George Washington and the Red Pill

February 13, 2019 Updated: March 11, 2019

Commentary

A description of George Washington’s transformation from gentleman planter to revolutionary patriarch of a nation could be a real-life template for Neo, the protagonist of “The Matrix” and a character likewise awakening to his seminal role as a revolutionary agent of liberty, after swallowing a red pill.

Washington, as an ambitious young man and Virginian gentleman, had sipped the sweetness of colonial life—despite the vine of tyranny sending out ever more encompassing and invasive tendrils to imperceptibly envelop the unfettered trellis of liberty that Virginians had constructed for themselves.

In retrospect, it was an idyllic state, so like the intended Providence for men as to be almost dream-like.

Then, as liberty began to recede under the weight of tyranny, clutched by tendrils of taxation, legal bindings, and the exertions of monarchical force upon people of the colonies—up to and including the corruption of blood—a maturing Washington began to awaken, through circumstance and the shared counsel of his contemporaries, to his part in casting off tyranny, to restore and secure the blessings of liberty for the budding nation and its posterity.

Thus, reluctantly, did Washington come to find himself, over the course of events in the dire, dark, and despairing winter of 1776, huddling with men in the field in some of the worst winter snow and bitter cold on record for the nation. Absent of sufficient rations, medicine, supplies, arms, treasure, comfort, or numbers, they clung tenuously to the shore of hope along the frozen western bank of the ice-caked Delaware River.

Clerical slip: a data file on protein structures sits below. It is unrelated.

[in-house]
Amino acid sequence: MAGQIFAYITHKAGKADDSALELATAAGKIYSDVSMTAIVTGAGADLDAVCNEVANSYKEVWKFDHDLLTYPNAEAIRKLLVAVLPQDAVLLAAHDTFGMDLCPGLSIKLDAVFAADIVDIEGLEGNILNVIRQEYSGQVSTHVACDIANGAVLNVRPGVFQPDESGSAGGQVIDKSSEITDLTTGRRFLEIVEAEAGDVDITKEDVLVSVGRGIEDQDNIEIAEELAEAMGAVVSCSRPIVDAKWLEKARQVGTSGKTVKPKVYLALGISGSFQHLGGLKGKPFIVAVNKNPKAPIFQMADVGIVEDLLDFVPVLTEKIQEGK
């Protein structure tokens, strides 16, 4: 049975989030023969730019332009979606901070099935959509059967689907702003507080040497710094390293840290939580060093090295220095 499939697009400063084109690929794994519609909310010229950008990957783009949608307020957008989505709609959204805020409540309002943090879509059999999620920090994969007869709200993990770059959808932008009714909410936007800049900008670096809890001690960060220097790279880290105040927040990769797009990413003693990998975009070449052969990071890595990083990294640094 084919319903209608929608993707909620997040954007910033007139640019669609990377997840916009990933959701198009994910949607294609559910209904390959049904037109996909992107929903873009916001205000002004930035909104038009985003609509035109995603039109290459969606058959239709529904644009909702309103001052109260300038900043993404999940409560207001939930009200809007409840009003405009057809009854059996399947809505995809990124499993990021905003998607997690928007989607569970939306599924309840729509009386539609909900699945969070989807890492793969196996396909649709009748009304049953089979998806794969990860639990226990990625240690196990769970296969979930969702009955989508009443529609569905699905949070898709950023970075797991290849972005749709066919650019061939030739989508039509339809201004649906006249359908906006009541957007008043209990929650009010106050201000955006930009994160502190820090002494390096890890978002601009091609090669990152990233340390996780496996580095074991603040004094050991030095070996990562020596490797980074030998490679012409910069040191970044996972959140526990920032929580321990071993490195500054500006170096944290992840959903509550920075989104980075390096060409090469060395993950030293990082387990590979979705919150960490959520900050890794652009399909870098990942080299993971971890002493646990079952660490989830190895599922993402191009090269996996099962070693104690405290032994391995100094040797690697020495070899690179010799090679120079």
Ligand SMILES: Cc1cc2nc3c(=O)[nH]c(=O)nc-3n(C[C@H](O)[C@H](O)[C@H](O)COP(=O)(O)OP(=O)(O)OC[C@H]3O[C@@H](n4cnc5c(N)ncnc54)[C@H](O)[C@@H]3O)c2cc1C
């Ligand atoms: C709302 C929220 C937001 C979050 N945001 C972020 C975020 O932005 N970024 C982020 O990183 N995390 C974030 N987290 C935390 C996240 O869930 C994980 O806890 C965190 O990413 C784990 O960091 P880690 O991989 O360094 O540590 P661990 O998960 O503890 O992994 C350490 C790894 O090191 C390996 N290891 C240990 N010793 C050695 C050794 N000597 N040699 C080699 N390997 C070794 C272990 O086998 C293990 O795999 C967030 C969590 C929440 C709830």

Celebrated patriot Thomas Paine, who had followed these American revolutionaries across their New Jersey retreat, famously wrote, “These are the times that try men’s souls.”

Reeling from discouraging defeats, with the sour taste of retreat and even treason sharp on his tongue, while the Continental Congress bickered over particulars, while the remnants of the Continental Army withered by the hour in the depths of privation, with enlistments about to run out, and while American liberty itself hung precariously in the balance, an impulse began to emerge from deep within Washington’s breast.

In the lonely hours of the commander in chief’s greatest need, a primordial compulsion, innate and unyielding, unbidden yet familiar and universal to all men, arose to compel him to action: the intrinsic impulse to freedom.

Against all convention, against all odds, and even against much sober counsel, Washington would act.

With Washington in the vanguard, the revolutionaries crossed the Delaware River on Christmas night, in daunting, frightful conditions, to crush the monarch’s hessian mercenaries garrisoned at Trenton the next morning.

A thousand of the enemy were captured, injured, or killed.

Full consummation of Washington’s impulse was near at hand, and the light of liberty once again began to flicker a little more brightly over the land. The general grew anxious to extend the moment’s initiative to full advantage.

The day before New Year’s Eve, he again crossed the Delaware from the west—in even more desperate conditions—and issued a proclamation at Trenton that the Continental Army had returned, calling on the whole of the people to rise up against the enemy and drive them from the land. So it was on Jan. 3, 1777, that 1,500 continentals met a proportionate number of the enemy at Princeton.

The fighting became general, as the monarch’s minions fought with the resolve of battle-hardened troops.

At a critical moment, an American brigadier was mortally wounded and his command—despite reinforcement from militia—wavered and fell back.

If liberty were not to be extinguished in America, there must appear someone now—right now—to redeem her.

Anyone who believes the affairs of mankind do not hinge upon the greatness of men has not long considered the achievements of George Washington.